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Censored on TV: Why Are Some Stations Keeping Pot in the Closet?

Pot has lots of medicinal and financial benefits, but TV stations still do everything they can to avoid mentioning it.
 
 
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Earlier this month, the organization I work for, the Marijuana Policy Project, inadvertently stirred up a hornet's nest with what we thought was a pretty straightforward TV commercial. That our modest little ad proved too hot to handle for such Los Angeles-area stations as KNBC, KABC, KTLA, KTTV and KCOP (plus a couple stations in San Francisco) says more about socially acceptable attitudes regarding marijuana than about the ad (or the drug) itself.

After a series of images depicting spending cuts expected as a result of California’s budget crisis, Nadene Herndon of Fair Oaks (near Sacramento) looks at the camera and says: “Sacramento says huge cuts to schools, health care and police are inevitable due to California’s budget crisis. Even our state parks could be closed. But the governor and legislature are ignoring millions of Californians who want to pay taxes.

“We're marijuana consumers. Instead of being treated like criminals for using a safe substance, we want to pay our fair share. Taxes from California's marijuana industry could pay the salaries of 20,000 teachers. Isn’t it time?”

The spot concludes with a slide reading, “Tax and Regulate Marijuana. ControlMarijuana.org.”

That’s it. Nothing in the spot urged people to light up, and there were no images of marijuana or marijuana use at all. Yet over half a dozen major-market TV stations, including the NBC and ABC affiliates in LA and San Francisco, flatly refused to air it. The general manager of KABC insisted to me in an oddly heated phone conversation that the commercial advocates marijuana use, and he wasn’t going to advocate illegal activity on his station.

The ad — which you can watch at http://www.mpp.org/states/california/ we-want-to-pay-our-fair-share.html — did nothing of the sort. But what it did do was apparently just as disturbing. It showed in concrete terms that the millions of Americans who use marijuana (nearly 15 million in a typical month, according to government surveys that likely underestimate its true prevalence) are ordinary folks — responsible, hard-working and entirely normal.

This is a group of people that may well include your barber, your accountant, your lawyer, the checker at your favorite grocery store, your kid’s teacher and a respectable proportion of your friends, neighbors and relatives. But most of them don’t talk about it — just like gays and lesbians didn’t talk about their orientation back in the 1960s, when gay sex was illegal in every state.

The official mythology, of course, is that marijuana consumers are “drug abusers” who lead sad, dysfunctional lives. They’ve walked through the dreaded “gateway” to a life of addiction and despair.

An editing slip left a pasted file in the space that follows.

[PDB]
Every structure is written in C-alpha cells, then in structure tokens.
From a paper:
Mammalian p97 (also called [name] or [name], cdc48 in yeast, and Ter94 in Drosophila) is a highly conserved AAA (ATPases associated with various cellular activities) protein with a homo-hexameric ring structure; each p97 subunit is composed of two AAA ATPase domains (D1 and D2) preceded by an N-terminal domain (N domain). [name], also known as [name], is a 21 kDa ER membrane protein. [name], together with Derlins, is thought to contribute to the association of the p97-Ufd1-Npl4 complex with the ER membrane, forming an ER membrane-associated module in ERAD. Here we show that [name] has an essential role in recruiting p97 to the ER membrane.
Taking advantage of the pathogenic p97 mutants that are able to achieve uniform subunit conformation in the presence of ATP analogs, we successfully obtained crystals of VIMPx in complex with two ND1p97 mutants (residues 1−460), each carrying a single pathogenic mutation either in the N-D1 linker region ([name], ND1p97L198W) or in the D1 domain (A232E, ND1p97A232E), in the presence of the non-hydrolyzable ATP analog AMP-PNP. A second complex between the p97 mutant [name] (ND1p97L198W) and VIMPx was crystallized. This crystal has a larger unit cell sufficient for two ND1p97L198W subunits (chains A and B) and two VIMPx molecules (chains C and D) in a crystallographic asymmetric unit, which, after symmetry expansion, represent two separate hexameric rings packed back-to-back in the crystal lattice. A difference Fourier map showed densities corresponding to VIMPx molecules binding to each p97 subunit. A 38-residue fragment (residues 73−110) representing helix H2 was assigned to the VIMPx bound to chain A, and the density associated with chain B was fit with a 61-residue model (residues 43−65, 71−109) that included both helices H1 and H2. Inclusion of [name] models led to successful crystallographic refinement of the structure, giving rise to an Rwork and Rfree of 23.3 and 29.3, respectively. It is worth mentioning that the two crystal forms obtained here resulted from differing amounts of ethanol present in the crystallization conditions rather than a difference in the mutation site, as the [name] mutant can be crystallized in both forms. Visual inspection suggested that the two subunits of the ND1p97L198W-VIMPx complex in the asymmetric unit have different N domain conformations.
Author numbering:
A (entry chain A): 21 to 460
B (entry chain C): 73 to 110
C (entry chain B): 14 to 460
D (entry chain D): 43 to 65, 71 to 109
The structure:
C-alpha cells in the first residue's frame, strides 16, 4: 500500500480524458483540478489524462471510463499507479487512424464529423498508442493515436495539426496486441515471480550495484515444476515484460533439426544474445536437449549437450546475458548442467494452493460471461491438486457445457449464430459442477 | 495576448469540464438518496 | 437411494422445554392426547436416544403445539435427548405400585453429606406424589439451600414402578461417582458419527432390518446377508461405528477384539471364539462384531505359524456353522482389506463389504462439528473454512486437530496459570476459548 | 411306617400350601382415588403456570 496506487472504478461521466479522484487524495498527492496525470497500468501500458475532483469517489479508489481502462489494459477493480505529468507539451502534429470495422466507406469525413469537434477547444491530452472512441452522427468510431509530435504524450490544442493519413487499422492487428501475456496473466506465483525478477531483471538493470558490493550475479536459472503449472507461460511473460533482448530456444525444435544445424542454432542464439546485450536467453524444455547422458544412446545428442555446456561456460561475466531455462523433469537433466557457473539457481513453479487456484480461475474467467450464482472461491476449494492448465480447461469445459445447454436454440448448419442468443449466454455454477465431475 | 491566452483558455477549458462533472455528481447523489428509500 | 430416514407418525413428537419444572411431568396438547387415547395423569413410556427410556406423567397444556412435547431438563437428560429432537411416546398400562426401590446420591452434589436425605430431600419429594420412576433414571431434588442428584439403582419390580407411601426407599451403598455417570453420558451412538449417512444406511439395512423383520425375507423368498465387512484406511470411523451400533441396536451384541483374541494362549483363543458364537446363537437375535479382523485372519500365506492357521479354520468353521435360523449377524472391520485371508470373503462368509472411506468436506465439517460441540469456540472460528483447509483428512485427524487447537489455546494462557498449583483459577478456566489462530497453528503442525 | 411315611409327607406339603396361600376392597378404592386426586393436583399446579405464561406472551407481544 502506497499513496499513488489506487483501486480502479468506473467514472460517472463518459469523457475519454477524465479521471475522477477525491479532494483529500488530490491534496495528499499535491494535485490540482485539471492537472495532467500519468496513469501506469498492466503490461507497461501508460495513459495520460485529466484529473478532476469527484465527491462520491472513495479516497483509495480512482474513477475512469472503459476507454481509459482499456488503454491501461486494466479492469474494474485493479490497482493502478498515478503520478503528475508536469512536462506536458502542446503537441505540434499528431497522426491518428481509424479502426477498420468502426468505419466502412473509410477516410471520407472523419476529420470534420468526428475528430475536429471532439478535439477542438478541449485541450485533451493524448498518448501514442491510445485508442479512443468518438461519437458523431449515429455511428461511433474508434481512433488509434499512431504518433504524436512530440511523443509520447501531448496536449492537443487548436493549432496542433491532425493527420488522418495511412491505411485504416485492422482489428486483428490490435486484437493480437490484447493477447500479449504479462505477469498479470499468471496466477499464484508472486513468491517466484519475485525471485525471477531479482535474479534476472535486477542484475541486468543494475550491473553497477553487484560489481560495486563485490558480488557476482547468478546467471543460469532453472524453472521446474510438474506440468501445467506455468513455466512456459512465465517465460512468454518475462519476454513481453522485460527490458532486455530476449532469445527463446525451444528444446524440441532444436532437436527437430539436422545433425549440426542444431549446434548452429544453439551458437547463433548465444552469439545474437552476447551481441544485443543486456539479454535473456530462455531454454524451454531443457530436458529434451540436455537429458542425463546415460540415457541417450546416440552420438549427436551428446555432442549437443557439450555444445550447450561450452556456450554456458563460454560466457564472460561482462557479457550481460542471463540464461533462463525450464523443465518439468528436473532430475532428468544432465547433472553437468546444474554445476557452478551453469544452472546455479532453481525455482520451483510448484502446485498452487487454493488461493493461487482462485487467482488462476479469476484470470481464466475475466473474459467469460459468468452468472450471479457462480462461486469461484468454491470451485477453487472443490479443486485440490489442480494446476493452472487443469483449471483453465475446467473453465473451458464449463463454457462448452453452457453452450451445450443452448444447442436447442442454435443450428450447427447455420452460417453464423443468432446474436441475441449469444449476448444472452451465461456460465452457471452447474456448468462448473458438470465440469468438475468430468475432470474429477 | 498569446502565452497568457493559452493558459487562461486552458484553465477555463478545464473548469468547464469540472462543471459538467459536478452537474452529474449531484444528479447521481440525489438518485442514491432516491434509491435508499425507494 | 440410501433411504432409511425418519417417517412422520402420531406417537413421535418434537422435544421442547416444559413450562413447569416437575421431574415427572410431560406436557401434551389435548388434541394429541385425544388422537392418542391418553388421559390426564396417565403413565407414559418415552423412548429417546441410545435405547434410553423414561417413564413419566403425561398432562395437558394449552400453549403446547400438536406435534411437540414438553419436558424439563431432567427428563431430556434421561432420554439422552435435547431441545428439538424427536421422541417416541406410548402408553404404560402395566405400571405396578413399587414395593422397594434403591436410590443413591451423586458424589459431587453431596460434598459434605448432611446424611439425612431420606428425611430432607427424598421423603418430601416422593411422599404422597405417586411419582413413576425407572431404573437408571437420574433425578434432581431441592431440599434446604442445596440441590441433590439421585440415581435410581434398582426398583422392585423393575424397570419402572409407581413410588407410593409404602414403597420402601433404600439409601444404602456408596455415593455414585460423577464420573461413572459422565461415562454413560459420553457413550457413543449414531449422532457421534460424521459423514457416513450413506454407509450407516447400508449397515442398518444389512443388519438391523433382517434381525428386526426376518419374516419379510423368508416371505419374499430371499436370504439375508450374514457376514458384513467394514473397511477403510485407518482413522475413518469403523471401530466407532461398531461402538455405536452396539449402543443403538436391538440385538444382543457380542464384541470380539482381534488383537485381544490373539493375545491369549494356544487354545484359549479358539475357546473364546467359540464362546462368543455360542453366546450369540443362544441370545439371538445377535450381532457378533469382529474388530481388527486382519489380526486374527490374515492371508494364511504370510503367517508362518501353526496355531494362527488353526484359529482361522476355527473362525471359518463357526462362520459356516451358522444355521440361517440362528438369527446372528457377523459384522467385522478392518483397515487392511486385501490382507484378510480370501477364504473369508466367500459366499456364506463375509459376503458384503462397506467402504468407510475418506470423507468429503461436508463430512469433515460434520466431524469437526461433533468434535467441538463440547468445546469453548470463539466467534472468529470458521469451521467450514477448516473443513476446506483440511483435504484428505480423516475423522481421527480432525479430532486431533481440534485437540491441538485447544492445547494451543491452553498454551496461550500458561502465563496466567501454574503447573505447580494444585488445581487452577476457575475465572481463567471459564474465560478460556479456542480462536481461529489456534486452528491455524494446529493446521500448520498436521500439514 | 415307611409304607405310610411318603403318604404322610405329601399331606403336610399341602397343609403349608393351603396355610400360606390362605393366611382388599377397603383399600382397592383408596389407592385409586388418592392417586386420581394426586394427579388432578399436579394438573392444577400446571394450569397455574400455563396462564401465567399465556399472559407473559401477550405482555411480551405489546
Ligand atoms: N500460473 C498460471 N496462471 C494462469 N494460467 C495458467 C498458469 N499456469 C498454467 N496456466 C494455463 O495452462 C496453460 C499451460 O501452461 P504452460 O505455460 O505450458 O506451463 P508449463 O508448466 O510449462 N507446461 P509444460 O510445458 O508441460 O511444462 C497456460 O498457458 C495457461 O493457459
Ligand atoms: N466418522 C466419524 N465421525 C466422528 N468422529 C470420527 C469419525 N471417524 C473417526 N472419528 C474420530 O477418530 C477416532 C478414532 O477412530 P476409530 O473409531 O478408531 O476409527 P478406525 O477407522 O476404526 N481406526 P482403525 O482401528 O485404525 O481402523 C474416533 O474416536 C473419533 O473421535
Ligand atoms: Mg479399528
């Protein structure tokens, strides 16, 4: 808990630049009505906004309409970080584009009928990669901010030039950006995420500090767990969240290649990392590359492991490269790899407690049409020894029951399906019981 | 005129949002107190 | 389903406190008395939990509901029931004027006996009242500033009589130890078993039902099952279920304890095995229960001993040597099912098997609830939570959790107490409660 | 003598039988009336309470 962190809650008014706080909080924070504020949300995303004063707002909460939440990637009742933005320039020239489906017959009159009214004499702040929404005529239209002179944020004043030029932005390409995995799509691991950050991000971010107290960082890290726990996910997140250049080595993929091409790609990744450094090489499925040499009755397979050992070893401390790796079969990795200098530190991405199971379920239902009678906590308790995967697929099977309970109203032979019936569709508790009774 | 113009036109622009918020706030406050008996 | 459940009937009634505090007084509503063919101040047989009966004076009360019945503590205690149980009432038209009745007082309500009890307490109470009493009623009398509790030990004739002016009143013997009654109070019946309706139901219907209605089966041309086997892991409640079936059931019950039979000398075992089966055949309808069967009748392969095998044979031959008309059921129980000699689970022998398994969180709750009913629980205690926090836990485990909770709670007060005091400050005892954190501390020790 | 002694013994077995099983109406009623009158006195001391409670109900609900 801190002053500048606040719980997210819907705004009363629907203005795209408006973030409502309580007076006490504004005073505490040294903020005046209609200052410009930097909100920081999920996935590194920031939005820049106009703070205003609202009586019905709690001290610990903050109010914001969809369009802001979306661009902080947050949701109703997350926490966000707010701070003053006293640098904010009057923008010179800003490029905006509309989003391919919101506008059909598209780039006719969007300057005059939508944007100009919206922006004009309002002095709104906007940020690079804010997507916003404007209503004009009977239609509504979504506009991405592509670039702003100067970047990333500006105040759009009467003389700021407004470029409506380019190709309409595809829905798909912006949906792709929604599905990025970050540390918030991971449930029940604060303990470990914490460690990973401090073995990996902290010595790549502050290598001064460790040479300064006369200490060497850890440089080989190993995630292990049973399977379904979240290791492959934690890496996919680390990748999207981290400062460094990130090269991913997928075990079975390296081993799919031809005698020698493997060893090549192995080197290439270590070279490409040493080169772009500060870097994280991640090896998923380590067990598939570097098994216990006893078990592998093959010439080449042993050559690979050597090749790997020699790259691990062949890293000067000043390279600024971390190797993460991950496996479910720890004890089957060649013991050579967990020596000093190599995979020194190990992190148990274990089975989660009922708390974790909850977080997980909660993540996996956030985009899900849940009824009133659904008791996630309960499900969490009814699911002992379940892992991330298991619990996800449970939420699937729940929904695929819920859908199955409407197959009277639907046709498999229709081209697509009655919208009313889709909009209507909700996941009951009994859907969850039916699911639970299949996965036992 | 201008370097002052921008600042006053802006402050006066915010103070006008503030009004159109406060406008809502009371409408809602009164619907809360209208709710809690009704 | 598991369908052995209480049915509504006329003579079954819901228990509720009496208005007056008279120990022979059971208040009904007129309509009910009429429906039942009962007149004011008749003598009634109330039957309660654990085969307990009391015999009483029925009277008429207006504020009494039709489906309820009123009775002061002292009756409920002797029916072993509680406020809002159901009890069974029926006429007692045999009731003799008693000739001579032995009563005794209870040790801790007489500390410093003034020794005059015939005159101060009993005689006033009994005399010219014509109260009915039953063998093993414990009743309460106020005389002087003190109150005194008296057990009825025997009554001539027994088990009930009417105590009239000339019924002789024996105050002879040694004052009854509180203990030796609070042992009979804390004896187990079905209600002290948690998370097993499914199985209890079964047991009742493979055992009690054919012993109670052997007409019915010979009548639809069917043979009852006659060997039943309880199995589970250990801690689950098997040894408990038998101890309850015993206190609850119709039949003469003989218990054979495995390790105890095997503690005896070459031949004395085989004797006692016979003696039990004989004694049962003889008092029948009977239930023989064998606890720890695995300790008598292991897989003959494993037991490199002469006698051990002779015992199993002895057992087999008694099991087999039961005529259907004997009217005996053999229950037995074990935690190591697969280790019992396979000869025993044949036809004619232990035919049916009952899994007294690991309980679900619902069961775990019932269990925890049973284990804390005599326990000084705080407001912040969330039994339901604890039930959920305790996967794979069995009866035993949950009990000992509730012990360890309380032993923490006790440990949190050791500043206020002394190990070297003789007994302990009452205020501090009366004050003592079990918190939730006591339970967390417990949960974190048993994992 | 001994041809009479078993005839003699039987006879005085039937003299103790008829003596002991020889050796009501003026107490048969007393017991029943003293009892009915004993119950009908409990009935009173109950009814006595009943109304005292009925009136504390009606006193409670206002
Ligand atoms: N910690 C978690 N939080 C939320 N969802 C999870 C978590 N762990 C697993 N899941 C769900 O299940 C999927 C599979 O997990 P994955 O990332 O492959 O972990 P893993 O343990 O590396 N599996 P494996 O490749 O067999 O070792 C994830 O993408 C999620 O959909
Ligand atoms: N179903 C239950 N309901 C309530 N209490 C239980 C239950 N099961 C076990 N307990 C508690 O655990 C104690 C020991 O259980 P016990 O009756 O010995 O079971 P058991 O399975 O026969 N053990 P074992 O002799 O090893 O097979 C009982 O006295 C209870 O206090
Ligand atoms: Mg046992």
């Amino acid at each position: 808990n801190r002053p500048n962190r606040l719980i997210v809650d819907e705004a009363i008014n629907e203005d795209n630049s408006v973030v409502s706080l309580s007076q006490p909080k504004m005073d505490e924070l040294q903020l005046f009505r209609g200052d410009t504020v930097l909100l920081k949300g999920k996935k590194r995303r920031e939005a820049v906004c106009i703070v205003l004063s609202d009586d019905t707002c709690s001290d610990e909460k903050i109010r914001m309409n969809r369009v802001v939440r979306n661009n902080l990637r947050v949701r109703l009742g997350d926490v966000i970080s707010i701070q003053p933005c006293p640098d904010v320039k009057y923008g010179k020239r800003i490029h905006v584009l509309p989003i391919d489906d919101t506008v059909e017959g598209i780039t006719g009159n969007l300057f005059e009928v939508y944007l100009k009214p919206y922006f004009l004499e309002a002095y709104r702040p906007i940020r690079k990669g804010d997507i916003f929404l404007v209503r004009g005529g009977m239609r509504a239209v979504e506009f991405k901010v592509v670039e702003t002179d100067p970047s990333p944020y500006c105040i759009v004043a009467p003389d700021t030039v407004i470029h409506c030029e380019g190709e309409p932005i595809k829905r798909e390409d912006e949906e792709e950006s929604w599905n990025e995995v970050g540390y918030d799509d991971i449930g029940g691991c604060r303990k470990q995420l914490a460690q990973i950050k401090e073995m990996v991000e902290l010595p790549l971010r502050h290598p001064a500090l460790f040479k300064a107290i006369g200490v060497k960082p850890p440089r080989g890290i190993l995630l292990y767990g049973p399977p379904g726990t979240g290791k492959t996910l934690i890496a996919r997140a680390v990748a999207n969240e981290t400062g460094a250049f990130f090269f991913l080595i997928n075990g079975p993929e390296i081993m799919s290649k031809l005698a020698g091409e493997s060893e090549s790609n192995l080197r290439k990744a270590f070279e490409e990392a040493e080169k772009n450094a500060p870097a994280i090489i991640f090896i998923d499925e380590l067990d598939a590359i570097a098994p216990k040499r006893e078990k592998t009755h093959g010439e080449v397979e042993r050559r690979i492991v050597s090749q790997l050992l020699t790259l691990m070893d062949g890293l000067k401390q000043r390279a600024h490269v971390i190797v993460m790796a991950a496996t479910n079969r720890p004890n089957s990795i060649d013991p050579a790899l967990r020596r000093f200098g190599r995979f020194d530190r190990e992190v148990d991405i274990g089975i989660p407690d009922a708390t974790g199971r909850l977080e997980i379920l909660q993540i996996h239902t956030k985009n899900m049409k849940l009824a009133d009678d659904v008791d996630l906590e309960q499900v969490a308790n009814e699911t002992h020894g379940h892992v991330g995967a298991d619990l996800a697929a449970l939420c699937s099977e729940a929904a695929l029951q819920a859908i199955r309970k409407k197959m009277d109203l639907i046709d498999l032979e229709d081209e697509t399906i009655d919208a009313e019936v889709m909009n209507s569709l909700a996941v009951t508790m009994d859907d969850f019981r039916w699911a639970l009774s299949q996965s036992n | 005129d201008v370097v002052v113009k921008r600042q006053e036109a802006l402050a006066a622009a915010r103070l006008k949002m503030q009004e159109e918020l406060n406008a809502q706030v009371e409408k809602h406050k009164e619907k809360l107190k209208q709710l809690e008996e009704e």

Those myths are stated overtly in official propaganda and reinforced far more subtly in the stock footage you see on television news whenever there’s a marijuana story. Because all those lawyers, accountants, etc., would be committing professional suicide if they let themselves be photographed smoking marijuana, the stock images they use always show straggly-looking stoners who look like they just wandered out of a Grateful Dead concert. That such stereotypes represent a tiny and atypical minority of marijuana users is society’s dirty little secret — 2009’s equivalent of Oscar Wilde’s “love that dare not speak its name.”

That a legal, regulated, taxed marijuana industry could generate a billion dollars or more in revenue for our cash-strapped state is just one small reason to end the folly of marijuana prohibition. A far more important reason is that prohibition doesn’t make a damn bit of sense. It gives us the worst of all possible worlds — a drug that's widely used and universally available, but produced and sold with none of the common-sense controls we have for beer, wine and liquor.

But arguably the most important reason is people like Nadene — ordinary, hard-working Americans who have made the perfectly rational choice to unwind at the end of the day with a substance that is, by any objective standard, far safer than alcohol: Marijuana is less addictive, massively less toxic, and — unlike booze — it doesn't make people aggressive and violent. And whether anyone likes it or not, those folks are starting to come out of the closet.

Recognizing that reality requires letting go of some familiar myths.  

And some TV stations, we now know, aren’t ready to do that.

Bruce Mirken is communications director for the Marijuana Policy Project.
 
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